A Boost for Cybersquatters?
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When the Supreme Court ruled Monday that the sound-alike name of a Kentucky mom-and-pop sex toy shop was not enough to establish trademark violation against Victoria's Secret, the decision was seen as a serious blow to efforts by big business to curb cybersquatting.
In a landmark 9-0 ruling, the Supreme Court ruled that there was no evidence that the 'Victor's Secret' store name diluted the brand and lessened the trademarks owned by the more popular 'Victoria's Secret'.
"The evidence in this case is insufficient to support summary judgment on the dilution count. There is a complete absence of evidence of any lessening of the Victoria's Secret mark's capacity to identify and distinguish goods or services sold in Victoria's Secret stores or advertised in its catalogs," the Supreme Court ruled.
In rendering judgment, Justice John Paul Stevens said the mere fact a consumer might think of the big company when encountering a similar name is not enough to establish a trademark violation.
The Supreme Court decision could have a major influence on numerous domain name and cybersquatting squabbles that have littered the Internet landscape.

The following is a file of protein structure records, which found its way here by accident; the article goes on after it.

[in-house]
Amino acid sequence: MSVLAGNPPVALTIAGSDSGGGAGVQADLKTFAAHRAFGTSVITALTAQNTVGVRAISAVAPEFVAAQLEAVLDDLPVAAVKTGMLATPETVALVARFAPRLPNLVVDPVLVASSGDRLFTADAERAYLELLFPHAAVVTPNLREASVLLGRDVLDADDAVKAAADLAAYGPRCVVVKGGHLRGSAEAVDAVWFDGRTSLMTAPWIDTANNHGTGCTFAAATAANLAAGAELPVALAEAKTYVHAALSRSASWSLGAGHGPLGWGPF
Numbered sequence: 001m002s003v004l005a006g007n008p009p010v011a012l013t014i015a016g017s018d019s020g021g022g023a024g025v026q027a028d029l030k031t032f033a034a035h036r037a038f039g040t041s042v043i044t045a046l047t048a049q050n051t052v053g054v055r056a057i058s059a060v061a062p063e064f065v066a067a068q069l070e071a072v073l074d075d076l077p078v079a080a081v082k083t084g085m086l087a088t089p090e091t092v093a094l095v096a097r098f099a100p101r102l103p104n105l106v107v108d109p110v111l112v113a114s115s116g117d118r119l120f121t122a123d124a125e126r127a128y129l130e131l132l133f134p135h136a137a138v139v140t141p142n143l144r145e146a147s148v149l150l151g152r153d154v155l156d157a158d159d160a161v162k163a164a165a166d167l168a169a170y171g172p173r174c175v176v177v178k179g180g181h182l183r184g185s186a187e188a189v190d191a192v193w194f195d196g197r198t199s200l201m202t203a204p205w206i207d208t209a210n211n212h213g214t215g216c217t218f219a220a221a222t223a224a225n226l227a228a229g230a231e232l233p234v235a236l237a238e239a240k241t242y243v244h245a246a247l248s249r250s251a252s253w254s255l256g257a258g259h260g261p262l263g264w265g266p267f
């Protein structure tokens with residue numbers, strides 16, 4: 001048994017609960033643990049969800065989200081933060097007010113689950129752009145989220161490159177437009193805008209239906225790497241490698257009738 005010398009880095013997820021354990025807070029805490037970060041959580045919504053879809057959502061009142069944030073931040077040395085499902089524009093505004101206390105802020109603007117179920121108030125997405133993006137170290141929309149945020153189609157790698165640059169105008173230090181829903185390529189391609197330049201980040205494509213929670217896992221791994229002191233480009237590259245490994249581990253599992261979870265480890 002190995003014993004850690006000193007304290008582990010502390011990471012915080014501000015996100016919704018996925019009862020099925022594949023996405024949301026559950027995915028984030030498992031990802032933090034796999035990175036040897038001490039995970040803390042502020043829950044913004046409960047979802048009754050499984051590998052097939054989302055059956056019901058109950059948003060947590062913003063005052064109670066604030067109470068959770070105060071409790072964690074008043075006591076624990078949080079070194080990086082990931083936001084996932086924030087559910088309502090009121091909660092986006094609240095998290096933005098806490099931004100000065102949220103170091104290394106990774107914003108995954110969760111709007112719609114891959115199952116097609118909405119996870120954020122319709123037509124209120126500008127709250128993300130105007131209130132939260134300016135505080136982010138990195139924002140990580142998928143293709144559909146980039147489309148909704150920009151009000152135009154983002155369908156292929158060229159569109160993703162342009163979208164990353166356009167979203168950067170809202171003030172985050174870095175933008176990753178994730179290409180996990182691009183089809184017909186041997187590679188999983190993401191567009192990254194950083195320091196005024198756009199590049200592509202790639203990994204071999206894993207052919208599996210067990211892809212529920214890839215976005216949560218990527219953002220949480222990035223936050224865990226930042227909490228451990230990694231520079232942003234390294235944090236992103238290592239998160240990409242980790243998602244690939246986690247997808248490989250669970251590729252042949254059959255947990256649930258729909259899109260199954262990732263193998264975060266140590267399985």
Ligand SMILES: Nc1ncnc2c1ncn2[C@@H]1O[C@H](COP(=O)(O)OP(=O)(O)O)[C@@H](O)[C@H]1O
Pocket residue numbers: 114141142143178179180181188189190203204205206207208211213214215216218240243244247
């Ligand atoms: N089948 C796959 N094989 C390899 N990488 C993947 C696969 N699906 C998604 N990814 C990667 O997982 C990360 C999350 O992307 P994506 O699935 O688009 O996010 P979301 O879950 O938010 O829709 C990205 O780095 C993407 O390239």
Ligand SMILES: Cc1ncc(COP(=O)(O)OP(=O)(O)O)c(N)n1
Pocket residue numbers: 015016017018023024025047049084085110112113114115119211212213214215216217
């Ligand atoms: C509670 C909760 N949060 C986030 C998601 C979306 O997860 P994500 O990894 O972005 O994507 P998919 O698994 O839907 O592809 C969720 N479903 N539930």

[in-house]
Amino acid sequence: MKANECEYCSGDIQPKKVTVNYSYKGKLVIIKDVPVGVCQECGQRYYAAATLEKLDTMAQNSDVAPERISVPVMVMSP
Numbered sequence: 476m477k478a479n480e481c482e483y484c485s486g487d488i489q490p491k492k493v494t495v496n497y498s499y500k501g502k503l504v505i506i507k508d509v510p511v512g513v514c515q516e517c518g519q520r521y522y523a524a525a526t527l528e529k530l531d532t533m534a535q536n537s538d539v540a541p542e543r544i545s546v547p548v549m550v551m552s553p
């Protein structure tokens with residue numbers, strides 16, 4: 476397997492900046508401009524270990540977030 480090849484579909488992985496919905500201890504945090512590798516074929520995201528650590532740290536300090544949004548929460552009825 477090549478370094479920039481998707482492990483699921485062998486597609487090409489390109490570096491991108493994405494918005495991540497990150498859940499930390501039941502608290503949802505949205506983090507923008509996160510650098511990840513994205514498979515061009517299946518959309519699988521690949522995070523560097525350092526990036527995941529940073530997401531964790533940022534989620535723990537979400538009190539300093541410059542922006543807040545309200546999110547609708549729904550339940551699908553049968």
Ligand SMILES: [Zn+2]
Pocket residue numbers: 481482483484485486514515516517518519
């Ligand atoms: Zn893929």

Back in 1999, the House passed a bill to outlaw cybersquatting, a law that was opposed by many who felt it imposed on Internet free speech and gave trademark holders the upper hand in disputes with smaller companies that may have a claim to the same name or word that a larger company has as a registered trademark.
That cybersquatting law made it illegal to register or traffic in a domain name "that is identical or confusingly similar to a trademark or service mark of another that is distinctive at the time of the registration of the domain name, or dilutive of a famous trademark or service mark of another that is famous at the time of the registration of the domain name."
But, by striking down Victoria's Secret's complaints that the "Victor's Secret" name infringed its trademark and devalued its brand, the Supreme Court has narrowed the interpretation of what might constitute domain squatting.
The law was put in place to curb "bad-faith intent to profit" from the goodwill of another's mark. It was enacted to block cybersquatters from registering domains of popular movie titles, company names or the names of products, then demand large sums of money to turn them over to trademark holders.